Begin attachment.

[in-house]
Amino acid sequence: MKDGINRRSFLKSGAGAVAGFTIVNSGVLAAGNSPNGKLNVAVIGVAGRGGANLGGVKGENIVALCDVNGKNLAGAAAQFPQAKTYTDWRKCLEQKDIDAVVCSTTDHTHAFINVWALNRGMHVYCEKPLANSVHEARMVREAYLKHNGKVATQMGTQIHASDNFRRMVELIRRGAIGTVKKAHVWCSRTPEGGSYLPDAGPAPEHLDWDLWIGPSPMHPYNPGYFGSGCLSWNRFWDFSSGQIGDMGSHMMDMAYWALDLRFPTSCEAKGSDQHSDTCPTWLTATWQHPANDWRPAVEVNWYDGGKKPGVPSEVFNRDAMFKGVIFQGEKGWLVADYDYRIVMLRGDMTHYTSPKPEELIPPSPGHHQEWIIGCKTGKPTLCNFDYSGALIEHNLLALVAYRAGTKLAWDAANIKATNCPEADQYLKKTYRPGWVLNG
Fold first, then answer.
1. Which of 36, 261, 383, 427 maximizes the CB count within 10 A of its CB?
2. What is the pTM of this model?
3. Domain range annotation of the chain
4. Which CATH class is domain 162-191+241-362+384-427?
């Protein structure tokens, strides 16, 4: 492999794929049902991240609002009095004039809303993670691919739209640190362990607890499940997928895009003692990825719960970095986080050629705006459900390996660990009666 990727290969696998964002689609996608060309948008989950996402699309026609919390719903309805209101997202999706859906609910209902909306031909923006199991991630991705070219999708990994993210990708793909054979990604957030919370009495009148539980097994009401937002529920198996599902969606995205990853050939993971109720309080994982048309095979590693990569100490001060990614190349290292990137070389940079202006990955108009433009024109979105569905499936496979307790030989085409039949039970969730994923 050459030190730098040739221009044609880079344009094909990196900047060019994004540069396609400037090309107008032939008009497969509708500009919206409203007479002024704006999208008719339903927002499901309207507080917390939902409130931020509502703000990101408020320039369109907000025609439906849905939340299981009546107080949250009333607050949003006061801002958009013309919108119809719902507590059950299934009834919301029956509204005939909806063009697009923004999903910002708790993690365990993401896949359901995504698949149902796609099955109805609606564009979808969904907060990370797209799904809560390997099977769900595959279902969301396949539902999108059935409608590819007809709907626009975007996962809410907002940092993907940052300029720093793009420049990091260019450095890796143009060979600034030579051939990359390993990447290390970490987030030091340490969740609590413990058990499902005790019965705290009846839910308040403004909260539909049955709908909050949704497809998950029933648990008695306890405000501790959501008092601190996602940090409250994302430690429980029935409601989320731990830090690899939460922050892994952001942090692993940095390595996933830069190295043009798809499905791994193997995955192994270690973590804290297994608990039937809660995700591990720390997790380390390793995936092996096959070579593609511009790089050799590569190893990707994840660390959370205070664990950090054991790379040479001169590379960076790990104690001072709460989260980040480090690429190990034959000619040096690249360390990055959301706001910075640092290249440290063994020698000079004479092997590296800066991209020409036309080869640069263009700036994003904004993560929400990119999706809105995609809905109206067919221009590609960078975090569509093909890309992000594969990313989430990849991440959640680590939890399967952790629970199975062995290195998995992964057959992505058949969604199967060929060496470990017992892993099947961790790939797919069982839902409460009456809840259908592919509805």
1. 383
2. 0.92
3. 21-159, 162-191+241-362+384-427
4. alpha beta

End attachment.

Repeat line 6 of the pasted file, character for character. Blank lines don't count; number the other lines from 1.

3. Domain range annotation of the chain